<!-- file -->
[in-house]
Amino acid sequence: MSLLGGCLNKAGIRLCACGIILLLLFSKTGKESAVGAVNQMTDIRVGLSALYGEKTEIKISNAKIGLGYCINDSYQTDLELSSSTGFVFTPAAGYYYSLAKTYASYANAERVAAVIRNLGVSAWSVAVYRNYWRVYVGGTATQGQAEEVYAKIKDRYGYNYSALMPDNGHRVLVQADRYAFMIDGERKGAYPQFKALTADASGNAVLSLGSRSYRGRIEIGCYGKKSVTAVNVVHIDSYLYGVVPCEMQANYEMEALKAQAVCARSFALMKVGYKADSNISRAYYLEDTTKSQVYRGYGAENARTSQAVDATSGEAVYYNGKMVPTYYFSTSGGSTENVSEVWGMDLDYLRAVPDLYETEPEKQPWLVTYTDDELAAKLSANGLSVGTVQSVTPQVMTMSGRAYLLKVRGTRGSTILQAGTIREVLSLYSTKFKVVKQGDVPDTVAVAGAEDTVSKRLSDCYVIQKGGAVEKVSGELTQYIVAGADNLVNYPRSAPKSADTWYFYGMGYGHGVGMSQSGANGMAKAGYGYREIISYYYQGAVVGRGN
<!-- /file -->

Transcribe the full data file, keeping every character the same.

[in-house]
Amino acid sequence: MSLLGGCLNKAGIRLCACGIILLLLFSKTGKESAVGAVNQMTDIRVGLSALYGEKTEIKISNAKIGLGYCINDSYQTDLELSSSTGFVFTPAAGYYYSLAKTYASYANAERVAAVIRNLGVSAWSVAVYRNYWRVYVGGTATQGQAEEVYAKIKDRYGYNYSALMPDNGHRVLVQADRYAFMIDGERKGAYPQFKALTADASGNAVLSLGSRSYRGRIEIGCYGKKSVTAVNVVHIDSYLYGVVPCEMQANYEMEALKAQAVCARSFALMKVGYKADSNISRAYYLEDTTKSQVYRGYGAENARTSQAVDATSGEAVYYNGKMVPTYYFSTSGGSTENVSEVWGMDLDYLRAVPDLYETEPEKQPWLVTYTDDELAAKLSANGLSVGTVQSVTPQVMTMSGRAYLLKVRGTRGSTILQAGTIREVLSLYSTKFKVVKQGDVPDTVAVAGAEDTVSKRLSDCYVIQKGGAVEKVSGELTQYIVAGADNLVNYPRSAPKSADTWYFYGMGYGHGVGMSQSGANGMAKAGYGYREIISYYYQGAVVGRGN